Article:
There Are No Crowdfunding Secrets

I’ve spent a lot of time lately thinking about crowdfunding strategies and, judging by the number of “Secrets of Crowdfunding” posts and expert talks out there, I’m not the only one trying to figure out how to crack this nut. (I’m one of the few, however, who’s trying to make a business of it.) A few examples: Venture Beat wrote a “Secrets of” post a couple days ago based on a talk given by Adam Chapnick of Indiegogo; RockThePost ran a how-to session last week; and Scott Steinberg did a “Secrets of” Q&A way back in May (he’s also written the “Bible”)

If you’re thinking of doing a campaign, you should read at least two but no more than four of these “Secrets of” posts. (If you’re a person who learns by listening, you should go to one “Secrets of” talk.) While it might feel like you’re working on your campaign by reading/attending more than four of these, you’re probably procrastinating. The dirty secret of crowdfunding is that, like most things, the key is to execute on whatever plan you come up with.

That means spending serious time researching campaigns in your vertical. Dan Misener’s Kickback Machine is a very helpful resource, especially if you’re doing your campaign on Kickstarter.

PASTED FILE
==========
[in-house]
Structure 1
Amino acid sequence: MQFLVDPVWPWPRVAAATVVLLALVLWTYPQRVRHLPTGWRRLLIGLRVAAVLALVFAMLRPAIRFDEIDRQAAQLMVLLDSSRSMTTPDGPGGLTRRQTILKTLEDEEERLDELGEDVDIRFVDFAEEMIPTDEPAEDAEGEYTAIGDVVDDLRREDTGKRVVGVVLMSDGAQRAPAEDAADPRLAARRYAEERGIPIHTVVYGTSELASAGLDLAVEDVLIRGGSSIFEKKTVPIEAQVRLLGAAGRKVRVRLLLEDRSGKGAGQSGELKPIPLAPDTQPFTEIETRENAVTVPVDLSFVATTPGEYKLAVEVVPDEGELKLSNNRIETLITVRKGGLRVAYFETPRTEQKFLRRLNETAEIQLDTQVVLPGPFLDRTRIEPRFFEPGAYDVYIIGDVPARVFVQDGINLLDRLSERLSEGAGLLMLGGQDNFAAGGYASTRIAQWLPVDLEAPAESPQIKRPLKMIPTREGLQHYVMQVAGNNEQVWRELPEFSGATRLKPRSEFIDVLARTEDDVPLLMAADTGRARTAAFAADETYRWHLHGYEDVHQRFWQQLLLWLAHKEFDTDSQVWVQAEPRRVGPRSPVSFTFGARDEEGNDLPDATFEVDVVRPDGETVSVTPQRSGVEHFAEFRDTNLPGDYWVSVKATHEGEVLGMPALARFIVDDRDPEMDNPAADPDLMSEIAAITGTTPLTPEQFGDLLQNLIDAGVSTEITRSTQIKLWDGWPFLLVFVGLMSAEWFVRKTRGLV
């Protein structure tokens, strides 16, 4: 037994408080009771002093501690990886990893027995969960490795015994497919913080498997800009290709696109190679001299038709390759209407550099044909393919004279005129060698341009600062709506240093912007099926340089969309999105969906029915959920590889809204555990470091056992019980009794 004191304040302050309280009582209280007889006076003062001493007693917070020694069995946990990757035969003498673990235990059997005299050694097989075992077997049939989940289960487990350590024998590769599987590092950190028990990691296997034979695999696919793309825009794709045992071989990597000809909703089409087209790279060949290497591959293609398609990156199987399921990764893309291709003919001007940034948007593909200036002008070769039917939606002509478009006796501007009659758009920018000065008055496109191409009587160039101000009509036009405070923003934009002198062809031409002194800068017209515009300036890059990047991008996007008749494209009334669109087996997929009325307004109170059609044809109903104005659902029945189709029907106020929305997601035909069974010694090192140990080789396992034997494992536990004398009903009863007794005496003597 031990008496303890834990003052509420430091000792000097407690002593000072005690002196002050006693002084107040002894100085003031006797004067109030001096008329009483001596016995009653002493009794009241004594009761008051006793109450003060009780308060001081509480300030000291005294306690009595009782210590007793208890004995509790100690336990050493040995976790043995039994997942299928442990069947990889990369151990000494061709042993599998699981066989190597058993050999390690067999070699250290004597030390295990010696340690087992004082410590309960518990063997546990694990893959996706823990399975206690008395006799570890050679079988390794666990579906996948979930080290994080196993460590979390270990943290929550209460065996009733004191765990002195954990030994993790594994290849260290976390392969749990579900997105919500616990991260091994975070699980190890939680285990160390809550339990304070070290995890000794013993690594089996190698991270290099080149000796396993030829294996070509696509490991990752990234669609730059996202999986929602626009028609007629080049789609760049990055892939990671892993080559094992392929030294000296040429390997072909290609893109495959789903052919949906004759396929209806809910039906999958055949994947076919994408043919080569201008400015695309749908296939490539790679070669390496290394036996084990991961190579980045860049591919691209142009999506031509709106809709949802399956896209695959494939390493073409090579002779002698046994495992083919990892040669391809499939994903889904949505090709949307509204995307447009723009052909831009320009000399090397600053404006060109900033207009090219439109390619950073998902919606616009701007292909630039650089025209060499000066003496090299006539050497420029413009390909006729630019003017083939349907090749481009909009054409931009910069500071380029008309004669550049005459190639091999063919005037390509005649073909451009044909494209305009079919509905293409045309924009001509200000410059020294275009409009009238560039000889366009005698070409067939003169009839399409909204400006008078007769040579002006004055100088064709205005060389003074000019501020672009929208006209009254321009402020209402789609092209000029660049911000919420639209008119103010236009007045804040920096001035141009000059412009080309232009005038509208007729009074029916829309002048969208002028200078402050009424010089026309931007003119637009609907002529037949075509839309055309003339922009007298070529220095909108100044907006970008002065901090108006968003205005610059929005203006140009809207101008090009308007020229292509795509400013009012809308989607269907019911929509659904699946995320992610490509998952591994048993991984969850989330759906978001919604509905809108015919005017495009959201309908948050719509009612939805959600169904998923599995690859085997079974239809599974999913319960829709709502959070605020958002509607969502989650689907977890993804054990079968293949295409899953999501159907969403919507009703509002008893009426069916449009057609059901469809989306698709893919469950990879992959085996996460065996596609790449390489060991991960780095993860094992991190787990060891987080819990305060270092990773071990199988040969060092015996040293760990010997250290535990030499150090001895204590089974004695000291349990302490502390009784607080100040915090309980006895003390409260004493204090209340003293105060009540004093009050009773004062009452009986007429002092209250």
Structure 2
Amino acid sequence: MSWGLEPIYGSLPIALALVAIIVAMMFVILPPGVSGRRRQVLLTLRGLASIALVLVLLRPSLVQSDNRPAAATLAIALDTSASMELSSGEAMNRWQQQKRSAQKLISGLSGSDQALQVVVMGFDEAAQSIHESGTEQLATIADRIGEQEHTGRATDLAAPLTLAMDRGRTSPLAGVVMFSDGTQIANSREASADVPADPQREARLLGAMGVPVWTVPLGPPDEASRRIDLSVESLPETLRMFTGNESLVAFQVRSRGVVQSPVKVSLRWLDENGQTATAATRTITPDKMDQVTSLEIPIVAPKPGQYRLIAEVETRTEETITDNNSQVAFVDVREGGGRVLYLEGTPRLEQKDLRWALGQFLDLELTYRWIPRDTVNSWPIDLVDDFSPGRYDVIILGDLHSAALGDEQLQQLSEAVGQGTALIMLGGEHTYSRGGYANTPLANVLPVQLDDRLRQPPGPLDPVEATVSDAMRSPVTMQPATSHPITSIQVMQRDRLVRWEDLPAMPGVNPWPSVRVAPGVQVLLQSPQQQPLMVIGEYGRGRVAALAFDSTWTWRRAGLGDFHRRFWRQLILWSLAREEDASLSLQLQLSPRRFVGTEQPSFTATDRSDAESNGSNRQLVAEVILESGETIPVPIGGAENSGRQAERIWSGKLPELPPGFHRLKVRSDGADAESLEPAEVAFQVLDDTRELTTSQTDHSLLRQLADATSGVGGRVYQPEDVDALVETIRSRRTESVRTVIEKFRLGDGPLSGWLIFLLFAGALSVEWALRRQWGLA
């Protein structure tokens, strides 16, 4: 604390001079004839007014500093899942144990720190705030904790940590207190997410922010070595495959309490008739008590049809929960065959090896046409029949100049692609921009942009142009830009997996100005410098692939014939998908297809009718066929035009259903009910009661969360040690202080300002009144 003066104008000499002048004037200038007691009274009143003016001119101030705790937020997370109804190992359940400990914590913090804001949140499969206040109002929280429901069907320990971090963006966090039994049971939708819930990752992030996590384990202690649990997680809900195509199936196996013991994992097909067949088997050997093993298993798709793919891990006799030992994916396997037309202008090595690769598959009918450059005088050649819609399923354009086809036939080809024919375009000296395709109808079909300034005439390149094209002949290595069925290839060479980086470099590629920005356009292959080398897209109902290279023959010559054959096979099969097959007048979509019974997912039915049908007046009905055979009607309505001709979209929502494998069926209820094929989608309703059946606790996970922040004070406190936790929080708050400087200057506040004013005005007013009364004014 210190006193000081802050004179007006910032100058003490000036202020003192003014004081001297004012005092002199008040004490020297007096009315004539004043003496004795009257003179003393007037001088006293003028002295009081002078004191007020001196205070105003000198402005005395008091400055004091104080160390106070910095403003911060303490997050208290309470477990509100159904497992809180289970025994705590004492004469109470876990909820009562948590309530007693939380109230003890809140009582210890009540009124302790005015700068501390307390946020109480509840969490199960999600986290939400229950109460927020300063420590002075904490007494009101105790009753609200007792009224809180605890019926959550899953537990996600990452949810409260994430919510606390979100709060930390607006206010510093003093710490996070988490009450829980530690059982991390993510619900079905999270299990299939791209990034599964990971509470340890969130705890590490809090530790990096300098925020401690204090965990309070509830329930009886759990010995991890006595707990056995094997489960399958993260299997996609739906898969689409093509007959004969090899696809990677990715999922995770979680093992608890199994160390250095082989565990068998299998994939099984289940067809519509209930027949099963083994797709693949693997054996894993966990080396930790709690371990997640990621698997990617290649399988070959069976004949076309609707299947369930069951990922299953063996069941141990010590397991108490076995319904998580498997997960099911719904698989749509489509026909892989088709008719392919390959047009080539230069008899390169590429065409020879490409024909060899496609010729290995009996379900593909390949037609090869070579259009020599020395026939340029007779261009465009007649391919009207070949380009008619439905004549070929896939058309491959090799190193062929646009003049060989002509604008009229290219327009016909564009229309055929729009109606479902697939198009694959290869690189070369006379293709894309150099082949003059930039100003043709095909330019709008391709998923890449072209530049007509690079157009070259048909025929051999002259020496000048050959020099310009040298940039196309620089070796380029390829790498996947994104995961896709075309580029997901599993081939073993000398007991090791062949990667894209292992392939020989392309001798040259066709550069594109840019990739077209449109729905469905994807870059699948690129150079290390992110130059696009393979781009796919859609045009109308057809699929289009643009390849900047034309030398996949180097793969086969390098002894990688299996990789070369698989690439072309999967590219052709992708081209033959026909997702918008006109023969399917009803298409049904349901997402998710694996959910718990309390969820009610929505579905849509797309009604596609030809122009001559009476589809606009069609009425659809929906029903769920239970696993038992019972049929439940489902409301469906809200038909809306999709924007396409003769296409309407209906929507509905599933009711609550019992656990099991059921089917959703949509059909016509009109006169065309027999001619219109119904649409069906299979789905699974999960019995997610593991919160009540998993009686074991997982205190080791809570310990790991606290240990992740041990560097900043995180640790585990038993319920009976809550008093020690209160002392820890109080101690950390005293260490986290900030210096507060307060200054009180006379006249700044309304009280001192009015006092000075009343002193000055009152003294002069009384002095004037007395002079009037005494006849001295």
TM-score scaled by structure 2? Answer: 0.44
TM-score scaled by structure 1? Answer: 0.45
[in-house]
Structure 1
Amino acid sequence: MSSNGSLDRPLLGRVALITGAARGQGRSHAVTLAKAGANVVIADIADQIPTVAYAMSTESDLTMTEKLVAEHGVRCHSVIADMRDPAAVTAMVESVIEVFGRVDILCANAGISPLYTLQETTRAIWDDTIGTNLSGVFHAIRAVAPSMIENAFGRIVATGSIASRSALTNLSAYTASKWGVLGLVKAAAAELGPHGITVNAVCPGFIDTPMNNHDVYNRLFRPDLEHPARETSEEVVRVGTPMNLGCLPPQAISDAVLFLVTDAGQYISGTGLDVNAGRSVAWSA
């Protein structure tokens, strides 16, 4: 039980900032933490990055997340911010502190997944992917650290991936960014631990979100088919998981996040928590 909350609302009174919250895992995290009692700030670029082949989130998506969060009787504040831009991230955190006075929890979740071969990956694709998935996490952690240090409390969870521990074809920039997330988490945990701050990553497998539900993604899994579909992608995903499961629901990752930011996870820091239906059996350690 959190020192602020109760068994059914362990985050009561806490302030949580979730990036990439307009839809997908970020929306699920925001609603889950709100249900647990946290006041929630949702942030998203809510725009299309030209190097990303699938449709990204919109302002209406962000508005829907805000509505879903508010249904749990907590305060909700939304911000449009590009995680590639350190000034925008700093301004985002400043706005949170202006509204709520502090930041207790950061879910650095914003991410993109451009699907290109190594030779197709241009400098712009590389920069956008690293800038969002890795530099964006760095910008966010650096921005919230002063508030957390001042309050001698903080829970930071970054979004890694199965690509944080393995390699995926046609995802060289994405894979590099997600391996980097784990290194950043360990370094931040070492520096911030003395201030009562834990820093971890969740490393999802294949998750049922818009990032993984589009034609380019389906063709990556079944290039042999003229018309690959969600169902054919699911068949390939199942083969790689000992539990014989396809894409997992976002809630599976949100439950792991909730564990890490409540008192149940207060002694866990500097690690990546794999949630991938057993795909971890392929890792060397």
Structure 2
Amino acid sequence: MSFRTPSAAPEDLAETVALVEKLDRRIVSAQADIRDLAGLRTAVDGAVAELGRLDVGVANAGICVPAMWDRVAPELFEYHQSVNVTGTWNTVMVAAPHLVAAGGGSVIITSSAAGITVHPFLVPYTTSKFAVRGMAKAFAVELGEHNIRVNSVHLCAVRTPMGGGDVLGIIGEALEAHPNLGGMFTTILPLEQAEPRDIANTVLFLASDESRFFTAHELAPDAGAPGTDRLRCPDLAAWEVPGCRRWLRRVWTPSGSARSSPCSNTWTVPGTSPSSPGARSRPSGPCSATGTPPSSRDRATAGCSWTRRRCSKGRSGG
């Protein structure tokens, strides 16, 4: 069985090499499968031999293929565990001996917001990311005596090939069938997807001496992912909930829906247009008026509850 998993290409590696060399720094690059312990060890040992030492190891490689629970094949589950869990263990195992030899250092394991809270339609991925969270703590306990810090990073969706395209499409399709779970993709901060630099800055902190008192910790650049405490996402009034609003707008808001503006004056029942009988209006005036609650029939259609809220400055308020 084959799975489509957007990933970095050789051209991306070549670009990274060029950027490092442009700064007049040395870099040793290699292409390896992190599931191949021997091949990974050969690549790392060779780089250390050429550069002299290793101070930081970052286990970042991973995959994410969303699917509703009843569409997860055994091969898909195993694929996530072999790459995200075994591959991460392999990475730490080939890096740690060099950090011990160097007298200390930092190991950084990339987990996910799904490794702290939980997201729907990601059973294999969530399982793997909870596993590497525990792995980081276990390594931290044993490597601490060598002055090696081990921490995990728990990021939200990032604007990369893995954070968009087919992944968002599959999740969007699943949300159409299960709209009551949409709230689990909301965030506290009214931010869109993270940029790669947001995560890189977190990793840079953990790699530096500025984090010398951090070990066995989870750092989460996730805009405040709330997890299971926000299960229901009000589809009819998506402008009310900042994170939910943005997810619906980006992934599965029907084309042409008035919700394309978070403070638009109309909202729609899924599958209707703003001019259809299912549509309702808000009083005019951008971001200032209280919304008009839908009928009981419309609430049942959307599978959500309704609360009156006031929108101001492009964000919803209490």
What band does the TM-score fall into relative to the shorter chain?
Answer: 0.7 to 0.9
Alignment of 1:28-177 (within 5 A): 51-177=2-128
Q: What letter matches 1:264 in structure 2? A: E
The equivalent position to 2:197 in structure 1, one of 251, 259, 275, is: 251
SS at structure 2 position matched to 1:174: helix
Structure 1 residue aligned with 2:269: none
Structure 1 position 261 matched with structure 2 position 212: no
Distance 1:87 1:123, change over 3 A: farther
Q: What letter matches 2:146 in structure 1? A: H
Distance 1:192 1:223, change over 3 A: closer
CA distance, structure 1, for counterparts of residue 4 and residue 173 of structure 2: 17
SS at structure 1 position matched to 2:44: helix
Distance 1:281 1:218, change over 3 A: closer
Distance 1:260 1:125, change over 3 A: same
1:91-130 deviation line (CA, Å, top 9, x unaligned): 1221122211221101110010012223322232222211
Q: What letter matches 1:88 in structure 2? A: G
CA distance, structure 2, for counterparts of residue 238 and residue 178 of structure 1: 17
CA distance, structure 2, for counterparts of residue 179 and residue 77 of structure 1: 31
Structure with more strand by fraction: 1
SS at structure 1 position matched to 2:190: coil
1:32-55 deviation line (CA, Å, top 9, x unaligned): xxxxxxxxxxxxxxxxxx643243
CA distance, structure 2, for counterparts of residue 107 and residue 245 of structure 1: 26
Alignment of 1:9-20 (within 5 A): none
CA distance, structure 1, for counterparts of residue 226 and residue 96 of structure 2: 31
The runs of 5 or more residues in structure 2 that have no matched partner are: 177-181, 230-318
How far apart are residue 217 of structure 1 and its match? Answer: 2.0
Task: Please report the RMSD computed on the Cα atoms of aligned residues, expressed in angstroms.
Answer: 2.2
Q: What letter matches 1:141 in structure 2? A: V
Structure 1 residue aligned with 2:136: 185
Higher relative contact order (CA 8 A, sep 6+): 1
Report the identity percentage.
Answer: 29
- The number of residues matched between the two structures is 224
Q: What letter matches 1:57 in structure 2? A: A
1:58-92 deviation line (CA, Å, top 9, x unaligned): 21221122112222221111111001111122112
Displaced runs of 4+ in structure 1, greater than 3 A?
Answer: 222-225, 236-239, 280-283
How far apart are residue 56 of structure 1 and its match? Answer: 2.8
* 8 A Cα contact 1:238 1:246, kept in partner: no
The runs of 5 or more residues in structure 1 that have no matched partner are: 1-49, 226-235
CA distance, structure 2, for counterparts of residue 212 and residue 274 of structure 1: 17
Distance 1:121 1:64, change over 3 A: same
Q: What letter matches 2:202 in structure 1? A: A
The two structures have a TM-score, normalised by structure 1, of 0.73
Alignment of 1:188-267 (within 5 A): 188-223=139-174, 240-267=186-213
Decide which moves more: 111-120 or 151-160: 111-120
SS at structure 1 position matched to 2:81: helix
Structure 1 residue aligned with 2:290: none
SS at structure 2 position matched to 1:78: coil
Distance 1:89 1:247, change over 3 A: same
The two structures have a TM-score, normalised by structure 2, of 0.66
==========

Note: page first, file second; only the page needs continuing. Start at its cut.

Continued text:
That means thinking deeply about who your project’s stakeholders are — hint, it’s not just your end user — and figuring out how to engage them as supporters and message amplifiers. The gold standard here is still join.app.net and Ouya.

That means designing compelling rewards and making sure that the economics of each one makes sense — another hint, the time you spend organizing/packing/shipping is money.

That means figuring out what the message of your campaign is beyond that you want money to do something. For Neighborhoodies, the message was ‘we want to initiate some local economic stimulus’ and not ‘we want to make high-end hooded sweatshirts’.

That means designing a strategy to maintain momentum throughout your entire campaign. One idea: Hold back a killer reward and announce it half-way through.

That means figuring out what skills you don’t have and that don’t make sense for your to learn and getting people on board who can help you. Before the crowd comes the team.

Crowdfunding is a public act and by studying the state of the art (and reading a couple “Secrets of” posts) you’ll have a decent idea of what to do. The true challenge — and the problem that I’m trying to solve with SeizeTheCrowd — is doing what you know you’re supposed to do.